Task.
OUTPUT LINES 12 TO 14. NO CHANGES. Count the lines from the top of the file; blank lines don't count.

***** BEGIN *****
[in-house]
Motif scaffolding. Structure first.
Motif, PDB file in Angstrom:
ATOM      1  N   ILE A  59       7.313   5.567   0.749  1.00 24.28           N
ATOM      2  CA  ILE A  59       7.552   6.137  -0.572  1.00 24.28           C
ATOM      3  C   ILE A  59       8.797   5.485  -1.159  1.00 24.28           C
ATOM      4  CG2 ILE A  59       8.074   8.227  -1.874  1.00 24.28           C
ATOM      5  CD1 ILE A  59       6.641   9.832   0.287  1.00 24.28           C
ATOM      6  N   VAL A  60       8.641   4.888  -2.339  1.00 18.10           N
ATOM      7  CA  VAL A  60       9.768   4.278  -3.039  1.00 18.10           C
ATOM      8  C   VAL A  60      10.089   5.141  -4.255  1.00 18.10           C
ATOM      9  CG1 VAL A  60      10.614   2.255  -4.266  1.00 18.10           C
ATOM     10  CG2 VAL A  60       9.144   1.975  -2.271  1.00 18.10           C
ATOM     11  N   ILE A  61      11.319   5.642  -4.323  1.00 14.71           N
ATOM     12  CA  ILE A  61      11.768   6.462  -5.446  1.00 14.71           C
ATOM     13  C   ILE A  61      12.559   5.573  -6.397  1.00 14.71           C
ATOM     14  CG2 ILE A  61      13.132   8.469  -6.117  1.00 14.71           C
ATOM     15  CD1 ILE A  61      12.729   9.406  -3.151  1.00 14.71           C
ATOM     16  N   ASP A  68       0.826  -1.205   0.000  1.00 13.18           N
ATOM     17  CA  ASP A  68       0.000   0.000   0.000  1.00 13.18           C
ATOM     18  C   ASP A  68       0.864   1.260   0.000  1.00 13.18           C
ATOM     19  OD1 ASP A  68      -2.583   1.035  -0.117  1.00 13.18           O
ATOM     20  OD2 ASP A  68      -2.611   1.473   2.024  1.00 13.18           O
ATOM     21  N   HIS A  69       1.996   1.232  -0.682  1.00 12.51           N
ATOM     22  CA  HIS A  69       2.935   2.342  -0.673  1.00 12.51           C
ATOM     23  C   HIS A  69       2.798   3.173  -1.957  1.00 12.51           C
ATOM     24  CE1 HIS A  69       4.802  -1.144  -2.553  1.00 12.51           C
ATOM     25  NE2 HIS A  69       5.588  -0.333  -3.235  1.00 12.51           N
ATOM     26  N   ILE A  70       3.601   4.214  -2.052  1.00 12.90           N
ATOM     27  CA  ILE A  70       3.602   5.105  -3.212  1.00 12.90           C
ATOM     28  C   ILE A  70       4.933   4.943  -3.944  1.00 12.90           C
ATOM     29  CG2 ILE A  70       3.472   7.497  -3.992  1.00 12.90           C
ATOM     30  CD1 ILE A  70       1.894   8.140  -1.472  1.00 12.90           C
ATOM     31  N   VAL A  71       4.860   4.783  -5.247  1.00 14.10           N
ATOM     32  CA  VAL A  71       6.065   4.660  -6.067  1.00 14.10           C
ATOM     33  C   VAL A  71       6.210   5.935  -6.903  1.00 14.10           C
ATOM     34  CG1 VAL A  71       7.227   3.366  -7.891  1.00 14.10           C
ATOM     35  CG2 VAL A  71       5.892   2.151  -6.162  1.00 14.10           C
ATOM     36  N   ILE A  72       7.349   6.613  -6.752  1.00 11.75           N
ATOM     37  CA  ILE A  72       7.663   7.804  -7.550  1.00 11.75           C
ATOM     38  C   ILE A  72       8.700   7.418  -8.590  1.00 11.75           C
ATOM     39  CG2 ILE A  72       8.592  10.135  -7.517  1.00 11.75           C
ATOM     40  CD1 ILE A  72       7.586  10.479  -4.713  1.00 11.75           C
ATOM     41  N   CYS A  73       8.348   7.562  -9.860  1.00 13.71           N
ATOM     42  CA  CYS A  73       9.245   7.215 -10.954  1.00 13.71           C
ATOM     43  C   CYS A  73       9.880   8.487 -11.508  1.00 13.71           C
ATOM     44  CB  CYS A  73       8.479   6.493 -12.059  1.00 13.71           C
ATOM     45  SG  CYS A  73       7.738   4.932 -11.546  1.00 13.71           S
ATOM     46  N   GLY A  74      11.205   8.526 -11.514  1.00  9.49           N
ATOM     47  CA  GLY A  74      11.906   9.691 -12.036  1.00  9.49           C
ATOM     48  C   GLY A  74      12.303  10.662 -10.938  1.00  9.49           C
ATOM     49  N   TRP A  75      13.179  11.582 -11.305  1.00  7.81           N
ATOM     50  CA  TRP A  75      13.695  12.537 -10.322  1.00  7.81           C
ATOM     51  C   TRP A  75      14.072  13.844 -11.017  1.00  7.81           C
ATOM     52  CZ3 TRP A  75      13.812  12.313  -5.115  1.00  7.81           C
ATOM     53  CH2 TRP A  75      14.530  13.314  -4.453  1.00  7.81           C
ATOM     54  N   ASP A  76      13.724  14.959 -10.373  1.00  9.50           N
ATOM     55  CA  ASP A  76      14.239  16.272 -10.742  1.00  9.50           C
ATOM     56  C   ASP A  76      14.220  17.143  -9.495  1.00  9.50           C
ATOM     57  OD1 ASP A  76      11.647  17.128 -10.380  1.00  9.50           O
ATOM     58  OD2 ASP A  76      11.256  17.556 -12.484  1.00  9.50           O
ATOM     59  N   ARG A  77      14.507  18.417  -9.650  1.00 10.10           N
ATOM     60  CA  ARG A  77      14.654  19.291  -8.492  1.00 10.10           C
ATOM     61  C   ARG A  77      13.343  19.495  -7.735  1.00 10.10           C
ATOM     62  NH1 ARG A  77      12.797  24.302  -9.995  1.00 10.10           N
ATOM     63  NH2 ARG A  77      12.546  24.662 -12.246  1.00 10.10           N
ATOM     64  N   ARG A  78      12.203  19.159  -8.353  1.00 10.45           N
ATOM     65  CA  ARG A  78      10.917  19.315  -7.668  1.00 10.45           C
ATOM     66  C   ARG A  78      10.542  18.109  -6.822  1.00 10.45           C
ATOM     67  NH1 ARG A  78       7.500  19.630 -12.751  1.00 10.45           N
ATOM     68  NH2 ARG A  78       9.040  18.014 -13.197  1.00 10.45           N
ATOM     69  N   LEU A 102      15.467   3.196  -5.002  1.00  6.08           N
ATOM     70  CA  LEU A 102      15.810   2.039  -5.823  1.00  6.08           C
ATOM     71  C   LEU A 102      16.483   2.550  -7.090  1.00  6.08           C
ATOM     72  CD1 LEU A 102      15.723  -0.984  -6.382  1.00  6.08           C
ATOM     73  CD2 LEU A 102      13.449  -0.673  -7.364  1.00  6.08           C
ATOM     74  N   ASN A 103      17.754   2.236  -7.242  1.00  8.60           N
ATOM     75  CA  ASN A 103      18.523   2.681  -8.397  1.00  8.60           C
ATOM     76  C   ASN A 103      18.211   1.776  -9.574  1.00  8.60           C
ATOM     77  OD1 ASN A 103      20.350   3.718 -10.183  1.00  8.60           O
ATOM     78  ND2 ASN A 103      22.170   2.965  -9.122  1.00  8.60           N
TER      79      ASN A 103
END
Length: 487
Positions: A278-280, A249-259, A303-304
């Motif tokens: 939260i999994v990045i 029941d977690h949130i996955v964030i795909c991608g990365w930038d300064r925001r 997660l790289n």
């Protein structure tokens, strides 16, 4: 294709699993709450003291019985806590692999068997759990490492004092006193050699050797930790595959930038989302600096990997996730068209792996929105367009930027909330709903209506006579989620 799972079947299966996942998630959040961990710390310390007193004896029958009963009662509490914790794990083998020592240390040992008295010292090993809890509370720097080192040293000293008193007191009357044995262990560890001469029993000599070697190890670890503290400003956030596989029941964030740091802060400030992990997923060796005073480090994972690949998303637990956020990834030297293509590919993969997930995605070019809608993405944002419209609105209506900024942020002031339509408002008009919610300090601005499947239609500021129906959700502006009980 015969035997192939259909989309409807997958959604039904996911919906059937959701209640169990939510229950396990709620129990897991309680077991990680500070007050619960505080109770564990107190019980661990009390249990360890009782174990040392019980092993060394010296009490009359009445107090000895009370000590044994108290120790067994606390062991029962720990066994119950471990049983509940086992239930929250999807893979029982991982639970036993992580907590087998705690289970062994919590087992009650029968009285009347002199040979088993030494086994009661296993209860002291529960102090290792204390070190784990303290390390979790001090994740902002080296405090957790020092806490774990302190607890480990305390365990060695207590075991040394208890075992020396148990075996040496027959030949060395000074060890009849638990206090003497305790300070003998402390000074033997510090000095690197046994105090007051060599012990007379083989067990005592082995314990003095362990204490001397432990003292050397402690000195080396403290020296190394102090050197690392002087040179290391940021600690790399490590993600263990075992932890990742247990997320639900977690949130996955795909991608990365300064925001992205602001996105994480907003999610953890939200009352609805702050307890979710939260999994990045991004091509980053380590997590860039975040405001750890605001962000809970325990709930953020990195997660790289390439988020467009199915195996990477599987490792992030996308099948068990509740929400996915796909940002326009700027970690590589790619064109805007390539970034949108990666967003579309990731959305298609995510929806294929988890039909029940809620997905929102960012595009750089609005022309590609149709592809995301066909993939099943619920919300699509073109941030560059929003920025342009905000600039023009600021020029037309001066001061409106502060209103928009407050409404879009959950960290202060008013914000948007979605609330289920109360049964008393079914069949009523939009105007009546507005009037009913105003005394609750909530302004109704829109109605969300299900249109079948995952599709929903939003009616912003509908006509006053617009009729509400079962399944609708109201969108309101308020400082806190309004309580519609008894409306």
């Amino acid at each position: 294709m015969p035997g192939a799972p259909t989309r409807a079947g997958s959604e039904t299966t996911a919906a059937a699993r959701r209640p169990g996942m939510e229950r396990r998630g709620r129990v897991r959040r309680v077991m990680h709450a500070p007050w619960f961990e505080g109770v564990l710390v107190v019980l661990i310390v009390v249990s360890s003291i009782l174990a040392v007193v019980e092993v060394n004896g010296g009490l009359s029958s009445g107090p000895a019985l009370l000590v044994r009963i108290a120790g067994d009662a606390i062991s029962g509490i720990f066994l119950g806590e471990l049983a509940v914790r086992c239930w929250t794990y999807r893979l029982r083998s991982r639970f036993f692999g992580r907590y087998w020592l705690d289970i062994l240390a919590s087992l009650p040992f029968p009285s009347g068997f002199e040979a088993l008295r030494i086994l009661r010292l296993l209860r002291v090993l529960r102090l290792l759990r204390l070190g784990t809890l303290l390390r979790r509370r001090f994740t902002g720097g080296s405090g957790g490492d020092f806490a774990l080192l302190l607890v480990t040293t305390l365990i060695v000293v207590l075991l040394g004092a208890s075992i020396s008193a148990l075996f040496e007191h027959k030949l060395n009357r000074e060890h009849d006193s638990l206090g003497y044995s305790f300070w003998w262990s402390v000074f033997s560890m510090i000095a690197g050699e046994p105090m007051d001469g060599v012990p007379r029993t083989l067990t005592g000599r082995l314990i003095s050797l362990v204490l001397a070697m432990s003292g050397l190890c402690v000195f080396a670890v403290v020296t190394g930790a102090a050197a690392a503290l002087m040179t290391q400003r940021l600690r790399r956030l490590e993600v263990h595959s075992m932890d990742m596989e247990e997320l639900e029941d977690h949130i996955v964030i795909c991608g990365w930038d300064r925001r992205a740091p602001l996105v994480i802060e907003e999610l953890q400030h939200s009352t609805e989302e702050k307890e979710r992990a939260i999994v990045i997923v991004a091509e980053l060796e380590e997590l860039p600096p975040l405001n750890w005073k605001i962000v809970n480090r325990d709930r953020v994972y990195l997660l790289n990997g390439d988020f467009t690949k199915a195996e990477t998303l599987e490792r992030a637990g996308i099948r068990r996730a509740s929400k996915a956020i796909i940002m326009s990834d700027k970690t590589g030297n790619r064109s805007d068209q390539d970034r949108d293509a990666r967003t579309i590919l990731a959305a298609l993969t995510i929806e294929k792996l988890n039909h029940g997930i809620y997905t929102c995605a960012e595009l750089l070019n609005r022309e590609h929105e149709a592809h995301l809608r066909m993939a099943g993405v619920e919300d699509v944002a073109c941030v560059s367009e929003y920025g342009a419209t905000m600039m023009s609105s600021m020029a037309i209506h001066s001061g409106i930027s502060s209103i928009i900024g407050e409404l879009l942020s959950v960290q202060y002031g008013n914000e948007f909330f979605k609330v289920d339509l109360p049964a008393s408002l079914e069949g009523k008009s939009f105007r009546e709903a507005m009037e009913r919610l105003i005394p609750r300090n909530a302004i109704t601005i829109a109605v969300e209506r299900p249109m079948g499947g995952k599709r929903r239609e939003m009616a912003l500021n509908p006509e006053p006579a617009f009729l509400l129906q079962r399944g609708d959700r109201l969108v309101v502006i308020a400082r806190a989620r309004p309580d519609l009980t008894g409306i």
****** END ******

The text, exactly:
ATOM      9  CG1 VAL A  60      10.614   2.255  -4.266  1.00 18.10           C
ATOM     10  CG2 VAL A  60       9.144   1.975  -2.271  1.00 18.10           C
ATOM     11  N   ILE A  61      11.319   5.642  -4.323  1.00 14.71           N